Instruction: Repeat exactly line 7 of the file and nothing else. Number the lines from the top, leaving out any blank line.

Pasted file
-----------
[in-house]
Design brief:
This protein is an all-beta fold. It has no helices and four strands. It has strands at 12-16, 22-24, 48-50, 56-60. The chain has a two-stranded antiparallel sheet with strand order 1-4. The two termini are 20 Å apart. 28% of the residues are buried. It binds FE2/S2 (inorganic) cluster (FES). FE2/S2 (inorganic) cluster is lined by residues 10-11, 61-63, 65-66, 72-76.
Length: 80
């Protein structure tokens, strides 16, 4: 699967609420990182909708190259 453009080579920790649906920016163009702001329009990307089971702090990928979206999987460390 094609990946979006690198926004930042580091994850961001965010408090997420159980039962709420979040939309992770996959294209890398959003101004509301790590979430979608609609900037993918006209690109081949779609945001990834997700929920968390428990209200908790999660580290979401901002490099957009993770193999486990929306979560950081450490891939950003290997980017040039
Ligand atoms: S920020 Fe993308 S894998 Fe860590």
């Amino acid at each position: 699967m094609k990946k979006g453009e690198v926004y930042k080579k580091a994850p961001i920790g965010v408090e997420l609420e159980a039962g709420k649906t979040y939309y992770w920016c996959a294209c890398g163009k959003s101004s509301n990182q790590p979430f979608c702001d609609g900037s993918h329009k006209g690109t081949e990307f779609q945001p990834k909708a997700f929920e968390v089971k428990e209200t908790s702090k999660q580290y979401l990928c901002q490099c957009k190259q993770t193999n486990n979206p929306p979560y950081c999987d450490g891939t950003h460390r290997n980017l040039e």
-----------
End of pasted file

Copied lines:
């Amino acid at each position: 699967m094609k990946k979006g453009e690198v926004y930042k080579k580091a994850p961001i920790g965010v408090e997420l609420e159980a039962g709420k649906t979040y939309y992770w920016c996959a294209c890398g163009k959003s101004s509301n990182q790590p979430f979608c702001d609609g900037s993918h329009k006209g690109t081949e990307f779609q945001p990834k909708a997700f929920e968390v089971k428990e209200t908790s702090k999660q580290y979401l990928c901002q490099c957009k190259q993770t193999n486990n979206p929306p979560y950081c999987d450490g891939t950003h460390r290997n980017l040039e």